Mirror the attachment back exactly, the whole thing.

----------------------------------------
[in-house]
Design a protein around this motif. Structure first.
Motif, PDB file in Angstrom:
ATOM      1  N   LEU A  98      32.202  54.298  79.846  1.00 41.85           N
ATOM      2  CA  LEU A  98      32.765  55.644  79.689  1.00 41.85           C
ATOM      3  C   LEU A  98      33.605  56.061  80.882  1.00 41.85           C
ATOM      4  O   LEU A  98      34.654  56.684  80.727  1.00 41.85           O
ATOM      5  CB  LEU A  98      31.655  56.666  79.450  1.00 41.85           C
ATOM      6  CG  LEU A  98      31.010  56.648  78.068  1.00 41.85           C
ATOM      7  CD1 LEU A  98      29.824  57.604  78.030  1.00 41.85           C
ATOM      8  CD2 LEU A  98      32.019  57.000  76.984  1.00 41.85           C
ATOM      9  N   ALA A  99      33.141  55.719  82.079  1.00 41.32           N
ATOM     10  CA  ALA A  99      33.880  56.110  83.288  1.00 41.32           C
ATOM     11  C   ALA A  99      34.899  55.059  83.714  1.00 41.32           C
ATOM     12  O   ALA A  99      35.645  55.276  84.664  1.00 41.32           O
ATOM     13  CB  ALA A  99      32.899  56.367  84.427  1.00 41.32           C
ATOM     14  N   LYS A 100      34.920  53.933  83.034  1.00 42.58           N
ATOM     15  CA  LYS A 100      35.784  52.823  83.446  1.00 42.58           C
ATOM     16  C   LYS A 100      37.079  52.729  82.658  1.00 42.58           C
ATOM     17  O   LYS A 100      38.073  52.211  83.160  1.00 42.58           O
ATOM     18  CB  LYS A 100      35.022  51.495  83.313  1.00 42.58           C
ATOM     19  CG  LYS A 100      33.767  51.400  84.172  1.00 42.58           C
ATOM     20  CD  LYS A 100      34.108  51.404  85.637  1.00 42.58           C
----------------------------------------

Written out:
[in-house]
Design a protein around this motif. Structure first.
Motif, PDB file in Angstrom:
ATOM      1  N   LEU A  98      32.202  54.298  79.846  1.00 41.85           N
ATOM      2  CA  LEU A  98      32.765  55.644  79.689  1.00 41.85           C
ATOM      3  C   LEU A  98      33.605  56.061  80.882  1.00 41.85           C
ATOM      4  O   LEU A  98      34.654  56.684  80.727  1.00 41.85           O
ATOM      5  CB  LEU A  98      31.655  56.666  79.450  1.00 41.85           C
ATOM      6  CG  LEU A  98      31.010  56.648  78.068  1.00 41.85           C
ATOM      7  CD1 LEU A  98      29.824  57.604  78.030  1.00 41.85           C
ATOM      8  CD2 LEU A  98      32.019  57.000  76.984  1.00 41.85           C
ATOM      9  N   ALA A  99      33.141  55.719  82.079  1.00 41.32           N
ATOM     10  CA  ALA A  99      33.880  56.110  83.288  1.00 41.32           C
ATOM     11  C   ALA A  99      34.899  55.059  83.714  1.00 41.32           C
ATOM     12  O   ALA A  99      35.645  55.276  84.664  1.00 41.32           O
ATOM     13  CB  ALA A  99      32.899  56.367  84.427  1.00 41.32           C
ATOM     14  N   LYS A 100      34.920  53.933  83.034  1.00 42.58           N
ATOM     15  CA  LYS A 100      35.784  52.823  83.446  1.00 42.58           C
ATOM     16  C   LYS A 100      37.079  52.729  82.658  1.00 42.58           C
ATOM     17  O   LYS A 100      38.073  52.211  83.160  1.00 42.58           O
ATOM     18  CB  LYS A 100      35.022  51.495  83.313  1.00 42.58           C
ATOM     19  CG  LYS A 100      33.767  51.400  84.172  1.00 42.58           C
ATOM     20  CD  LYS A 100      34.108  51.404  85.637  1.00 42.58           C